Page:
There was no immediate explanation Friday as to why more people aren’t being tested at the city site. Berkeley residents might be getting more tests through primary providers, or it may be that people with symptoms do not realize testing options have expanded since the early days of the pandemic.

“There are many different things it could be,” Chakko said. “We have capacity and I would certainly encourage anybody who has symptoms who wants to get tested to call us.” (Those with health insurance should start with their own provider, he reiterated.)

In addition to first responders, the uninsured and underinsured, and Berkeley residents and workers with COVID-19 symptoms, Chakko said, the city has now expanded access to its testing program to anyone — with or without symptoms — in Berkeley homeless shelters or skilled nursing facilities, one of which reported two COVID-19 cases this week. The city would like to expand testing to more asymptomatic people at some point, Chakko said, but is “not ready yet.”

Chakko said the city wants to reach more people through its testing program but said there are no immediate plans to broaden the current criteria. He said conversations are ongoing about how to expand to the “next tier of people,” but declined to share details Friday about what that might be because those discussions remain underway.

In response to a question from Berkeleyside, he said there are no plans to expand to the testing of geographic areas, such as a census tract, to gauge the extent of community spread. Some other Bay Area cities — including San Francisco and Santa Cruz — have made data available online about what percentage of their cases are believed to have been transmitted through community spread.

That level of detail was not available Friday from the city of Berkeley. Neither it nor Alameda County post transmission data online.

But officials are already well aware that there is community spread in Berkeley, Chakko said.

Alameda County is the only Bay Area county that does not post any of its testing data online on its COVID-19 dashboard. A county health official did provide the county’s overall testing figure to Berkeleyside by request.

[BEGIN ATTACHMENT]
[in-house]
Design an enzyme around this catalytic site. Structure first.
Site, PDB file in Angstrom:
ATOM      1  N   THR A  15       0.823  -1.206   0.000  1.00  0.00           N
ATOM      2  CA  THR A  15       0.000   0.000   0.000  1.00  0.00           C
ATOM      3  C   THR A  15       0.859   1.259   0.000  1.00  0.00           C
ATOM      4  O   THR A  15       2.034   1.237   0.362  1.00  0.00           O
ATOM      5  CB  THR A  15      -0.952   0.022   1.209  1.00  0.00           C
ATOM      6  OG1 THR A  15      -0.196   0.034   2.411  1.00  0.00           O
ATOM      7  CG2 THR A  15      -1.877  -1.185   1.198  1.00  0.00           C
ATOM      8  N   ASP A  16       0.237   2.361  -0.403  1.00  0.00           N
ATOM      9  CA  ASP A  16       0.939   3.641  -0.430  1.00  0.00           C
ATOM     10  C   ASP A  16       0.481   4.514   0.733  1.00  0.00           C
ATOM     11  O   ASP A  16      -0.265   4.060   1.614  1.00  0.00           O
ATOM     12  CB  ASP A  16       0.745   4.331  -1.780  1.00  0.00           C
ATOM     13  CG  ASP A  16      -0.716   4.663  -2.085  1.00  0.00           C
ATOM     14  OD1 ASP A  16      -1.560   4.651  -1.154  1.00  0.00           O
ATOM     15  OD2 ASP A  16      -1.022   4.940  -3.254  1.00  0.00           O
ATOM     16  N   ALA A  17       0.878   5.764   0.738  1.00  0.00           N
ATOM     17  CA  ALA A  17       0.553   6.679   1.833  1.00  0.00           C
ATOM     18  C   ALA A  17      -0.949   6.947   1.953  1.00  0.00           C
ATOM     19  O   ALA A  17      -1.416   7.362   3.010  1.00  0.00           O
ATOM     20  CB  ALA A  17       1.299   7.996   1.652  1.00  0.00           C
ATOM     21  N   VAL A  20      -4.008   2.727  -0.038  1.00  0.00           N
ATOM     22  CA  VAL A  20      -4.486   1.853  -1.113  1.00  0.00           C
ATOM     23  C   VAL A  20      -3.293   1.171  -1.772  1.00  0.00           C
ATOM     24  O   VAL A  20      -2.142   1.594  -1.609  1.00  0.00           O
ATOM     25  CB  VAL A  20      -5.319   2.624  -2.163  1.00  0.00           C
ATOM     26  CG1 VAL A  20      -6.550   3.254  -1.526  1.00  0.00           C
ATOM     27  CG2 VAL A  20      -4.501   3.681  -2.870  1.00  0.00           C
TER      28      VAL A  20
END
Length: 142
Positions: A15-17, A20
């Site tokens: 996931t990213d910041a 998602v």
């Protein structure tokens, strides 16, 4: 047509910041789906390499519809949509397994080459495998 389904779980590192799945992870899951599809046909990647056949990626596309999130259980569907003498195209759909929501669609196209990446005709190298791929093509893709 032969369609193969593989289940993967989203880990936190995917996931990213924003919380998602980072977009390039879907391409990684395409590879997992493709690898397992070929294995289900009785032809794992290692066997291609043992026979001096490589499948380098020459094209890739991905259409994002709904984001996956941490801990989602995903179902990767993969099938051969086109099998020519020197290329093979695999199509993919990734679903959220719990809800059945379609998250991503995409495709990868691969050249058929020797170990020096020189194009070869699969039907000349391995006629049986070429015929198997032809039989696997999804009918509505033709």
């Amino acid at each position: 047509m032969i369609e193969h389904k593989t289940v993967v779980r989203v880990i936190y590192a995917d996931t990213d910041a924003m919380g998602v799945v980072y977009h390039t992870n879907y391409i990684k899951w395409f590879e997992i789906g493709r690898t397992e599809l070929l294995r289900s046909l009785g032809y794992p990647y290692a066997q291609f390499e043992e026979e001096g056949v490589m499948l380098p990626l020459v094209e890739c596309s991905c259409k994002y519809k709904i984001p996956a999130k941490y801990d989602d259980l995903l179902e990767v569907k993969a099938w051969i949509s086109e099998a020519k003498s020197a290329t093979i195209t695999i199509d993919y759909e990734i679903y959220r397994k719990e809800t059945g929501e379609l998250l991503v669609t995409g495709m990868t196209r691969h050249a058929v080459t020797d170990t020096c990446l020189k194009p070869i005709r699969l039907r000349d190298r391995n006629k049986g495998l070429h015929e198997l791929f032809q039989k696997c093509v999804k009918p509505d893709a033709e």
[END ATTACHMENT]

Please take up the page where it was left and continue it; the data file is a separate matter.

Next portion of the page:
If Berkeley did not post testing data on its website, little information would be available about local testing.

Chakko stressed repeatedly on Friday that the city’s goal with testing has primarily been to offer it to people who cannot get tested through their primary providers. The city has also been doing everything it can, he said, to encourage health care providers like Kaiser and Sutter to conduct more tests on its members.

“We’re not the test site for everybody,” he said. “We were concerned about people who don’t have access through private providers and tried to fill this on our own as a city. We are jumping in to fulfill a number of different roles that we’ve never done before on such a scale. And it’s dramatic. It’s breathtaking to some degree. We are taking on an unprecedented challenge.”

Chakko also noted Friday that testing for COVID-19 infections continues to ramp up. Average daily tests of Berkeley residents increased by 22% this week compared to last week.

This week also saw the steepest single-day increase in new COVID-19 cases since the start of the pandemic, with six new cases recorded as of the end of the day Thursday. Most days, Berkeley has seen an average of just one new case per day.

Chakko said he had no information Friday about the reason for the one-day spike, but said increased testing and a loosening of shelter-in-place rules mean more cases are to be expected. Earlier this week, the city allowed more operations related to retail, manufacturing and warehouses to resume if they follow certain criteria.

“These are large segments of our population that are now moving about in our community,” Chakko said. “As part of that, what we’ve tried to emphasize is there’s a greater urgency for people to be cautious.”

Appropriate social distancing and the wearing of face coverings, Chakko said, “are precautions that are even more urgent now as people are moving around.”

See the data

The Berkeleyside data appears below.

[table id=52 /]

View this data in a spreadsheet.

Emilie Raguso (former senior editor, news) joined Berkeleyside in 2012 and covered politics, public safety and development until her departure in 2022. In 2017, Emilie was named Journalist of the Year...